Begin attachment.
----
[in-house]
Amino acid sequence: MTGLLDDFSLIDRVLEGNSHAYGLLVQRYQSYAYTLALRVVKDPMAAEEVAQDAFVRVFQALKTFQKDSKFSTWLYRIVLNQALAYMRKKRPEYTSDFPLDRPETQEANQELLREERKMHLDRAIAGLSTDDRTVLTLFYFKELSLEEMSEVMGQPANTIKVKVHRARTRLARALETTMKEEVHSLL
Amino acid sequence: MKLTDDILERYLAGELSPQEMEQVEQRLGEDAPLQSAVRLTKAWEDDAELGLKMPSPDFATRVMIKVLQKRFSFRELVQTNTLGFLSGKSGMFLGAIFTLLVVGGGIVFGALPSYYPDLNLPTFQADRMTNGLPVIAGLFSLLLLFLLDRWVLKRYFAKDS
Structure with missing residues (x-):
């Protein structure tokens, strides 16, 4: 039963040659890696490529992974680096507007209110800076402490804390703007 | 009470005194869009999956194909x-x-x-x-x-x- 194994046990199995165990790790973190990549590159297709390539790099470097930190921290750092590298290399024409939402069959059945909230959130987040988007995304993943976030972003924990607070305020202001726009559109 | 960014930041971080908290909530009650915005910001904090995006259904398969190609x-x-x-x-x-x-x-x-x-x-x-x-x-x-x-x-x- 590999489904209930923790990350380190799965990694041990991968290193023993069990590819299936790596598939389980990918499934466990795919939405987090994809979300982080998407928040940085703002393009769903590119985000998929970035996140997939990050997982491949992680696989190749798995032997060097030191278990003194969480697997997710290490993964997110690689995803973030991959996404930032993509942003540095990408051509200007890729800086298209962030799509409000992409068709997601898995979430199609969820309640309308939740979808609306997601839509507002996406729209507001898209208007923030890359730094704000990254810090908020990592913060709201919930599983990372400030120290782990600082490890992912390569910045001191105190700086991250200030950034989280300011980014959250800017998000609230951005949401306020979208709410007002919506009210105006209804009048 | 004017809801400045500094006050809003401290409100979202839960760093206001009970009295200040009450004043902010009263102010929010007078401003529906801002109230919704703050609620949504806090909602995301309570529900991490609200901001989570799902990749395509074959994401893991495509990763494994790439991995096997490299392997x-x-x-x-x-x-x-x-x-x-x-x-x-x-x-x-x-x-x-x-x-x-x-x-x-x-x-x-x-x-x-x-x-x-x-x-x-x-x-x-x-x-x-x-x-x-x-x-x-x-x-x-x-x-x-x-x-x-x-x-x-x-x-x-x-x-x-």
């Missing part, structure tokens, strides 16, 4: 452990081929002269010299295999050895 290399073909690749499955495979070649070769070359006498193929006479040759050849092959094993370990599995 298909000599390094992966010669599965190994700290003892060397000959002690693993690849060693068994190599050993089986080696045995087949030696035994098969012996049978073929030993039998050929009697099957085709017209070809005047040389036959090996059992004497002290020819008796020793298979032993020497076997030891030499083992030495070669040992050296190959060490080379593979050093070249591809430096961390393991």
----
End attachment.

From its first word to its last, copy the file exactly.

[in-house]
Amino acid sequence: MTGLLDDFSLIDRVLEGNSHAYGLLVQRYQSYAYTLALRVVKDPMAAEEVAQDAFVRVFQALKTFQKDSKFSTWLYRIVLNQALAYMRKKRPEYTSDFPLDRPETQEANQELLREERKMHLDRAIAGLSTDDRTVLTLFYFKELSLEEMSEVMGQPANTIKVKVHRARTRLARALETTMKEEVHSLL
Amino acid sequence: MKLTDDILERYLAGELSPQEMEQVEQRLGEDAPLQSAVRLTKAWEDDAELGLKMPSPDFATRVMIKVLQKRFSFRELVQTNTLGFLSGKSGMFLGAIFTLLVVGGGIVFGALPSYYPDLNLPTFQADRMTNGLPVIAGLFSLLLLFLLDRWVLKRYFAKDS
Structure with missing residues (x-):
């Protein structure tokens, strides 16, 4: 039963040659890696490529992974680096507007209110800076402490804390703007 | 009470005194869009999956194909x-x-x-x-x-x- 194994046990199995165990790790973190990549590159297709390539790099470097930190921290750092590298290399024409939402069959059945909230959130987040988007995304993943976030972003924990607070305020202001726009559109 | 960014930041971080908290909530009650915005910001904090995006259904398969190609x-x-x-x-x-x-x-x-x-x-x-x-x-x-x-x-x- 590999489904209930923790990350380190799965990694041990991968290193023993069990590819299936790596598939389980990918499934466990795919939405987090994809979300982080998407928040940085703002393009769903590119985000998929970035996140997939990050997982491949992680696989190749798995032997060097030191278990003194969480697997997710290490993964997110690689995803973030991959996404930032993509942003540095990408051509200007890729800086298209962030799509409000992409068709997601898995979430199609969820309640309308939740979808609306997601839509507002996406729209507001898209208007923030890359730094704000990254810090908020990592913060709201919930599983990372400030120290782990600082490890992912390569910045001191105190700086991250200030950034989280300011980014959250800017998000609230951005949401306020979208709410007002919506009210105006209804009048 | 004017809801400045500094006050809003401290409100979202839960760093206001009970009295200040009450004043902010009263102010929010007078401003529906801002109230919704703050609620949504806090909602995301309570529900991490609200901001989570799902990749395509074959994401893991495509990763494994790439991995096997490299392997x-x-x-x-x-x-x-x-x-x-x-x-x-x-x-x-x-x-x-x-x-x-x-x-x-x-x-x-x-x-x-x-x-x-x-x-x-x-x-x-x-x-x-x-x-x-x-x-x-x-x-x-x-x-x-x-x-x-x-x-x-x-x-x-x-x-x-």
């Missing part, structure tokens, strides 16, 4: 452990081929002269010299295999050895 290399073909690749499955495979070649070769070359006498193929006479040759050849092959094993370990599995 298909000599390094992966010669599965190994700290003892060397000959002690693993690849060693068994190599050993089986080696045995087949030696035994098969012996049978073929030993039998050929009697099957085709017209070809005047040389036959090996059992004497002290020819008796020793298979032993020497076997030891030499083992030495070669040992050296190959060490080379593979050093070249591809430096961390393991």